Your first scans with VueScan will look pretty bad, with very little contrast. The main thing you’ll need to do is adjust the black and white points, and the low and high curves. These options are on the COLOR tab, confusingly (since you need them for black and white film). Black point is a percentage value that determines how many pixels in the image are black; white point sets the same value for white. In other contexts this is called “clipping,” so I keep them both set at .1. Low and high curve will help you define the highlights and shadows; for black and white film I keep low at .25 and high at .75. This gives me a nice medium-contrast file that I can tweak to my heart’s content in Lightroom. If all this sounds confusing, I invite you to use my presets for scanning whole rolls of black and white negative and color films, and Kodachrome 64. Download them here.


The VueScan preview screen. I always eschew the dust removal software and heal out the dust in Photoshop.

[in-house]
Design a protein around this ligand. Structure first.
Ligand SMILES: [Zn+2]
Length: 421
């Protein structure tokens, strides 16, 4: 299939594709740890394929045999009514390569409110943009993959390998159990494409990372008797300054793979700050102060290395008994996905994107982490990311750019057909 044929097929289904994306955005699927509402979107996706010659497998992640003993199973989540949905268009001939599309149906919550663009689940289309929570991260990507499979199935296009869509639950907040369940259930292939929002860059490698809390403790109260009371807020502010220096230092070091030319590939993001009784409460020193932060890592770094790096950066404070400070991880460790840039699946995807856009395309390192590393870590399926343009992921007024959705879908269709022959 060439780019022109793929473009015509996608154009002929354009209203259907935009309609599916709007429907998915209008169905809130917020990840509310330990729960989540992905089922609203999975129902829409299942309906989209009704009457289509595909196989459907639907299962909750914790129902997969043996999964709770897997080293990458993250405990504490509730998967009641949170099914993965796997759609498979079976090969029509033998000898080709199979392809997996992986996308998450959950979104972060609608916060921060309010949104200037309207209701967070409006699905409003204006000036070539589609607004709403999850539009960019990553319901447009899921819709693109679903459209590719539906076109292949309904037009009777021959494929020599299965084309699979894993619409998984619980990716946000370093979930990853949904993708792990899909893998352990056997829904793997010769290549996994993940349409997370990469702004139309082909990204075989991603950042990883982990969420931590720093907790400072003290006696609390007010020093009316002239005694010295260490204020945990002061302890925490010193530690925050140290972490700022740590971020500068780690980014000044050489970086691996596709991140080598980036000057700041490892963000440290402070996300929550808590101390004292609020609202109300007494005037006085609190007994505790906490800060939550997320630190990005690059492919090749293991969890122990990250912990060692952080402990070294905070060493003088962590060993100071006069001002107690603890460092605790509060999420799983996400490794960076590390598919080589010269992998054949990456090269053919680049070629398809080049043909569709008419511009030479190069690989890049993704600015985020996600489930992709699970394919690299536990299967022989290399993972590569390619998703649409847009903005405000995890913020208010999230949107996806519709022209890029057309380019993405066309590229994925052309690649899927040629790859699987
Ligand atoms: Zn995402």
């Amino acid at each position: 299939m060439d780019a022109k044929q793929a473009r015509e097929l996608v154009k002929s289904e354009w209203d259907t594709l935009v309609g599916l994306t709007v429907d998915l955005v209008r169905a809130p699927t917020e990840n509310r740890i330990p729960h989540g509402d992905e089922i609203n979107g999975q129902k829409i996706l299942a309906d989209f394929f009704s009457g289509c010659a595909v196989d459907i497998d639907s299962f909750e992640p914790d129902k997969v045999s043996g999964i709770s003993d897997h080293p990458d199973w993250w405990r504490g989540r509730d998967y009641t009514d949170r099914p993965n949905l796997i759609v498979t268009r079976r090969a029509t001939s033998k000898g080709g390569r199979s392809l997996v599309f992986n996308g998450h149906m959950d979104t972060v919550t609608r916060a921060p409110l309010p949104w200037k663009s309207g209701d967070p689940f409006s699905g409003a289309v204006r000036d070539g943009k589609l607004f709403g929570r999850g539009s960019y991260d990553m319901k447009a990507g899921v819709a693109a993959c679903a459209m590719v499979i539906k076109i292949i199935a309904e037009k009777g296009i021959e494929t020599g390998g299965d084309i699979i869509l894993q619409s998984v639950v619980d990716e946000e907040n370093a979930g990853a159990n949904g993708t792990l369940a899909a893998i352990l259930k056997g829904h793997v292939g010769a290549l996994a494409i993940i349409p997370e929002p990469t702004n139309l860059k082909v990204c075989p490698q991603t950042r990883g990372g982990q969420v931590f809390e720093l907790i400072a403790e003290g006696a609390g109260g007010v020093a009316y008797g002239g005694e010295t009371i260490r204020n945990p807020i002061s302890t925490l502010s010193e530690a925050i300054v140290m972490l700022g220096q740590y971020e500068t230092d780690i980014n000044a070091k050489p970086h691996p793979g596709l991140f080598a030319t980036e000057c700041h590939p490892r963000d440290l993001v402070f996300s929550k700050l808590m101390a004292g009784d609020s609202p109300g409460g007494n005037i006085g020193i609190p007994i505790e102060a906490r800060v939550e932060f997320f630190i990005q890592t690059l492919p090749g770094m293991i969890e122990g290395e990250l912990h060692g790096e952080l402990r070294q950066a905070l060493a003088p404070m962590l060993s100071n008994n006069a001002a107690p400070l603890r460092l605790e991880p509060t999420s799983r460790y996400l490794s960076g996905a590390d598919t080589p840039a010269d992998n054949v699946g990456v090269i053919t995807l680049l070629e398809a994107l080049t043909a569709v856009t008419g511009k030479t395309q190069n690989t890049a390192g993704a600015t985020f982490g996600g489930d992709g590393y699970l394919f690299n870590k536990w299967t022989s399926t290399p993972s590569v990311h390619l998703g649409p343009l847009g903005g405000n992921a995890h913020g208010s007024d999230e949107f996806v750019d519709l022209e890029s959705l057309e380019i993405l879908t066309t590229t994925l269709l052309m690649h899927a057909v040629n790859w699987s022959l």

I recommend previewing frame 2 first (set Batch Scan to LIST, type the number 2 in the Batch List box, hit PREVIEW) and adjusting the frame offset setting on the INPUT tab until the preview is perfectly centered in the frame. This way, Vuescan will have a clear jumping-off point for scanning the roll. Needless to say, the scans come out most even when you use a camera that spaces the frames evenly. If they’re irregular, you might want to peek in on your folder of scans now and then, to make sure the 5000ED hasn’t gone off the rails. Also, because you have no roll film holder, like the one that comes with the SA-30, you should have some system for catching the film as it comes out the back of the scanner. I have a soft cloth there which serves as a landing stage, from which the film tumbles over the edge of a shelf and dangles down toward the floor. Similarly, I have another cloth laid in front of the scanner, for the film to drag along as it enters. This works fine. No scratches, not too much dust. Eject the film when it’s finished. When I’ve scanned the roll, I cut it into strips and store it in sleeves just like I did when I had the V500. Except in the meantime I’ve gotten to have a life, plus the scans look much, much better.